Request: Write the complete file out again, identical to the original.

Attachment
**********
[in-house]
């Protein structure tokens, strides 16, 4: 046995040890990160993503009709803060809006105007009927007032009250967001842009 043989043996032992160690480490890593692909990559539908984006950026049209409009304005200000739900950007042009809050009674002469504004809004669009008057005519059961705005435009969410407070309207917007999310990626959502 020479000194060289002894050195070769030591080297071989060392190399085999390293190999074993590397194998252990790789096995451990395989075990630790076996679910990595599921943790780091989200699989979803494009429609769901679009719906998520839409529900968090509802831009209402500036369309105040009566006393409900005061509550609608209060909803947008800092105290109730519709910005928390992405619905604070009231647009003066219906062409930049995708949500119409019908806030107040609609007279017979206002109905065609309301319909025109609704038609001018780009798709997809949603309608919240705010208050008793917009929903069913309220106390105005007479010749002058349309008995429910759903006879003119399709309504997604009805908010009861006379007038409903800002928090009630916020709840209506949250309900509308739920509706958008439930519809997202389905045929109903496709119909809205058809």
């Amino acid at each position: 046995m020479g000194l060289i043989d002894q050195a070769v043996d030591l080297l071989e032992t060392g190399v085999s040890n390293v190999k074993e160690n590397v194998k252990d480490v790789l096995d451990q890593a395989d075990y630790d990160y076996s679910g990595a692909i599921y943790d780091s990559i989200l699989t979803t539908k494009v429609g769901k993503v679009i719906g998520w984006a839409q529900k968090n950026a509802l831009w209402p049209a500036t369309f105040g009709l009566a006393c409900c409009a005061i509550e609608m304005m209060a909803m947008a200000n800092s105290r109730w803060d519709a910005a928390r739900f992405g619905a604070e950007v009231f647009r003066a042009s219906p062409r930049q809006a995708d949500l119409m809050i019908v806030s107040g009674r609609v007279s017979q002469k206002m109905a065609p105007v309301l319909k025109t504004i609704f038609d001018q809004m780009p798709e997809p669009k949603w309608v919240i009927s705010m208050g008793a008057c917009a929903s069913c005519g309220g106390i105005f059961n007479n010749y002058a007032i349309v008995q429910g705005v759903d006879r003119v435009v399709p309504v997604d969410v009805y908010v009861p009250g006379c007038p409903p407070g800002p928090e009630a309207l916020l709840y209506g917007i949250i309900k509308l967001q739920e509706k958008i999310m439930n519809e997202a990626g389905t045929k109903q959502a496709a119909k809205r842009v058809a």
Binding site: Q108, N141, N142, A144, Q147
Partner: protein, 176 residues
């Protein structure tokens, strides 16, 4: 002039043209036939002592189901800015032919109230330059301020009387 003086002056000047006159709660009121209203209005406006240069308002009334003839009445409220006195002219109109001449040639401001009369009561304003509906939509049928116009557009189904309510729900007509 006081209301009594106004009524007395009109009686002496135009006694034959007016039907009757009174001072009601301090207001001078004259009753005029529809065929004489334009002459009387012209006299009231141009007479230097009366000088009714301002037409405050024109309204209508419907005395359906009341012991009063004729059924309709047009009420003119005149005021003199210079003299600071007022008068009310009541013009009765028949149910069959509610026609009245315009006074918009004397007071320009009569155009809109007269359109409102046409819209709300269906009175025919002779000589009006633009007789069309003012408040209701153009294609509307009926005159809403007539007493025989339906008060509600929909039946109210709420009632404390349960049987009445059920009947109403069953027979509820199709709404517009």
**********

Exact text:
[in-house]
């Protein structure tokens, strides 16, 4: 046995040890990160993503009709803060809006105007009927007032009250967001842009 043989043996032992160690480490890593692909990559539908984006950026049209409009304005200000739900950007042009809050009674002469504004809004669009008057005519059961705005435009969410407070309207917007999310990626959502 020479000194060289002894050195070769030591080297071989060392190399085999390293190999074993590397194998252990790789096995451990395989075990630790076996679910990595599921943790780091989200699989979803494009429609769901679009719906998520839409529900968090509802831009209402500036369309105040009566006393409900005061509550609608209060909803947008800092105290109730519709910005928390992405619905604070009231647009003066219906062409930049995708949500119409019908806030107040609609007279017979206002109905065609309301319909025109609704038609001018780009798709997809949603309608919240705010208050008793917009929903069913309220106390105005007479010749002058349309008995429910759903006879003119399709309504997604009805908010009861006379007038409903800002928090009630916020709840209506949250309900509308739920509706958008439930519809997202389905045929109903496709119909809205058809």
């Amino acid at each position: 046995m020479g000194l060289i043989d002894q050195a070769v043996d030591l080297l071989e032992t060392g190399v085999s040890n390293v190999k074993e160690n590397v194998k252990d480490v790789l096995d451990q890593a395989d075990y630790d990160y076996s679910g990595a692909i599921y943790d780091s990559i989200l699989t979803t539908k494009v429609g769901k993503v679009i719906g998520w984006a839409q529900k968090n950026a509802l831009w209402p049209a500036t369309f105040g009709l009566a006393c409900c409009a005061i509550e609608m304005m209060a909803m947008a200000n800092s105290r109730w803060d519709a910005a928390r739900f992405g619905a604070e950007v009231f647009r003066a042009s219906p062409r930049q809006a995708d949500l119409m809050i019908v806030s107040g009674r609609v007279s017979q002469k206002m109905a065609p105007v309301l319909k025109t504004i609704f038609d001018q809004m780009p798709e997809p669009k949603w309608v919240i009927s705010m208050g008793a008057c917009a929903s069913c005519g309220g106390i105005f059961n007479n010749y002058a007032i349309v008995q429910g705005v759903d006879r003119v435009v399709p309504v997604d969410v009805y908010v009861p009250g006379c007038p409903p407070g800002p928090e009630a309207l916020l709840y209506g917007i949250i309900k509308l967001q739920e509706k958008i999310m439930n519809e997202a990626g389905t045929k109903q959502a496709a119909k809205r842009v058809a």
Binding site: Q108, N141, N142, A144, Q147
Partner: protein, 176 residues
């Protein structure tokens, strides 16, 4: 002039043209036939002592189901800015032919109230330059301020009387 003086002056000047006159709660009121209203209005406006240069308002009334003839009445409220006195002219109109001449040639401001009369009561304003509906939509049928116009557009189904309510729900007509 006081209301009594106004009524007395009109009686002496135009006694034959007016039907009757009174001072009601301090207001001078004259009753005029529809065929004489334009002459009387012209006299009231141009007479230097009366000088009714301002037409405050024109309204209508419907005395359906009341012991009063004729059924309709047009009420003119005149005021003199210079003299600071007022008068009310009541013009009765028949149910069959509610026609009245315009006074918009004397007071320009009569155009809109007269359109409102046409819209709300269906009175025919002779000589009006633009007789069309003012408040209701153009294609509307009926005159809403007539007493025989339906008060509600929909039946109210709420009632404390349960049987009445059920009947109403069953027979509820199709709404517009």